Re: Joining panels

Posted by John Beck on Feb 14, 2007

Butt joints with a butt block behind the seam are used on relatively flat surfaces. This is done while joining the forward and aft sections of many CLC plywood decks.

If the simple butt joint with one layer of glass on each side was a suitable joint then we would all be doing it rather than going through the trouble of a scarf or puzzle joint. No free lunch, I'm afraid.

However, I've seen skiffs with butt joined plywood where multiple layers of glass cover the joint on each side. Each layer of glass is 2 to 3 inches longer than the previous layer to make it smoother and stronger. The resulting seam is not flat, cannot be perfectly faired, heavier, may require filler to hide the transition to the bump and is not suitable for a varnish finish. In the end I'm sure the scarf joint is faster and cheaper, and least as strong as the plywood itself.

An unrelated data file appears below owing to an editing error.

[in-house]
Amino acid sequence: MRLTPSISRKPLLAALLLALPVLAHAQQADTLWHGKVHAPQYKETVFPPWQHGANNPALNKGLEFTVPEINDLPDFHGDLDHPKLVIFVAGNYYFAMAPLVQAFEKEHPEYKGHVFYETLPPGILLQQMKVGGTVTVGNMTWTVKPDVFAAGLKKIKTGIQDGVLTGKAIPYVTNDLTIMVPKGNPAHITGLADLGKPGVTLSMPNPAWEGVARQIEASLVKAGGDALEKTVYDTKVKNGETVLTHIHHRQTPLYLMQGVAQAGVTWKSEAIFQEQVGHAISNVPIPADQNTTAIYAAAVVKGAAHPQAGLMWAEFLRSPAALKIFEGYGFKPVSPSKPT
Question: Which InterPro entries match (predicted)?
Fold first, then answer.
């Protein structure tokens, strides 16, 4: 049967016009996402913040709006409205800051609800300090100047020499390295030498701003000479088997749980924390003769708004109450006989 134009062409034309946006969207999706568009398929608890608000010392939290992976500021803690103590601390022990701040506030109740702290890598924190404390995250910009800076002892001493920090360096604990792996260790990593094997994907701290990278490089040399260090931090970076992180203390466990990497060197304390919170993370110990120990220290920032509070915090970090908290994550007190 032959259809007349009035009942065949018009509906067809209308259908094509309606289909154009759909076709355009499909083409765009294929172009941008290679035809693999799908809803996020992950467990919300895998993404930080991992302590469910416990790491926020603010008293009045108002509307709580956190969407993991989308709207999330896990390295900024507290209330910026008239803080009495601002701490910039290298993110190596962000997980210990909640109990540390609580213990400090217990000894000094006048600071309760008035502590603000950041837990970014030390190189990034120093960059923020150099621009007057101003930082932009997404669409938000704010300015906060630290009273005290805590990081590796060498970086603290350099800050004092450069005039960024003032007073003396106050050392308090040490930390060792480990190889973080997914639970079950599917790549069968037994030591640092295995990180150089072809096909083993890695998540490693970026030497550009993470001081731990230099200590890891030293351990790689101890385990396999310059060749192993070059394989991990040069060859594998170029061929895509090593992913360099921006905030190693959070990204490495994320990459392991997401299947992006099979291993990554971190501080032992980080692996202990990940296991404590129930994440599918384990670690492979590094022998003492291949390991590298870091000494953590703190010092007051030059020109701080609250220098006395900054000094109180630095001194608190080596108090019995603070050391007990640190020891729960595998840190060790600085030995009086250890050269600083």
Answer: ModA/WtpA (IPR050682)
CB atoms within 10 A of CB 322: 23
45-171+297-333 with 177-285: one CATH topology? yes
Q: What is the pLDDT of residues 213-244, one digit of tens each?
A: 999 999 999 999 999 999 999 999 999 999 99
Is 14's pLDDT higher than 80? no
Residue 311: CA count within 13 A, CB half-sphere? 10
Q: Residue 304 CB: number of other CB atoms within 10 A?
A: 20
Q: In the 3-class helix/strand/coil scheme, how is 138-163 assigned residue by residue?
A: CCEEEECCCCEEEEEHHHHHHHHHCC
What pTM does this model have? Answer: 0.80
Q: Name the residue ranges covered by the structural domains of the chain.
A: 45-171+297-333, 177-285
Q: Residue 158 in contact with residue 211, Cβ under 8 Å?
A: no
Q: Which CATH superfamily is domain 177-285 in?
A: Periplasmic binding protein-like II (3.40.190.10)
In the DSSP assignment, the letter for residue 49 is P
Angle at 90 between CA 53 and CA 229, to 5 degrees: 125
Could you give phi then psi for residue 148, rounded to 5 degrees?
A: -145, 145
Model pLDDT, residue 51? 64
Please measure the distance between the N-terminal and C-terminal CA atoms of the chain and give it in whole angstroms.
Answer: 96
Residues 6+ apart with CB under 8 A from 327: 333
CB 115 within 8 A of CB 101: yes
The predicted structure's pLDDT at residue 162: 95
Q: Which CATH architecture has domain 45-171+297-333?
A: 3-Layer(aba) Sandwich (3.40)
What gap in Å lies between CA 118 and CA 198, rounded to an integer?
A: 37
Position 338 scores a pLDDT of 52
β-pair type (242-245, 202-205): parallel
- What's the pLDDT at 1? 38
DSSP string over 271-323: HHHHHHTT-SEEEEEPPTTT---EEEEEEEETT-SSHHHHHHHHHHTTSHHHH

A sharp low angle block plane makes creating a scarf joint in 4mm ply rather simple. Stack up the pieces and step each layer back 32mm from the end of the layer beneath. Two layers is the minimum and up to 6 or 8 is doable. Draw a line 32mm back from the end of the top layer. The ramp created by the steps provides the proper planing angle. As you remove material the glue lines provide additional tell tales of how you are doing. It's not as hard as it sounds. Give it a try.

Good luck, John

In Response to: Joining panels by Randy Powell on Feb 14, 2007



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